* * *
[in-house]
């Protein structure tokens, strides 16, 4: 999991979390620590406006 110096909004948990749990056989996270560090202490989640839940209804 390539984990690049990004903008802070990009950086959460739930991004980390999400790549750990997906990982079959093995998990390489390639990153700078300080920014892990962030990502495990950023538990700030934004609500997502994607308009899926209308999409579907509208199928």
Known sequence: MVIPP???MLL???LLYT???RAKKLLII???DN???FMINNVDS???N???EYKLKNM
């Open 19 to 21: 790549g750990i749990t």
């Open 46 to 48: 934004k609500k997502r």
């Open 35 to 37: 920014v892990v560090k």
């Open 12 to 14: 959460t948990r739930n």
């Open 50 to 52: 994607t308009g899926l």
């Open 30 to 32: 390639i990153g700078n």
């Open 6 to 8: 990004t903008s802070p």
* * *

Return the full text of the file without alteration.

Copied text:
[in-house]
């Protein structure tokens, strides 16, 4: 999991979390620590406006 110096909004948990749990056989996270560090202490989640839940209804 390539984990690049990004903008802070990009950086959460739930991004980390999400790549750990997906990982079959093995998990390489390639990153700078300080920014892990962030990502495990950023538990700030934004609500997502994607308009899926209308999409579907509208199928």
Known sequence: MVIPP???MLL???LLYT???RAKKLLII???DN???FMINNVDS???N???EYKLKNM
């Open 19 to 21: 790549g750990i749990t």
């Open 46 to 48: 934004k609500k997502r």
């Open 35 to 37: 920014v892990v560090k």
């Open 12 to 14: 959460t948990r739930n």
């Open 50 to 52: 994607t308009g899926l």
């Open 30 to 32: 390639i990153g700078n």
């Open 6 to 8: 990004t903008s802070p």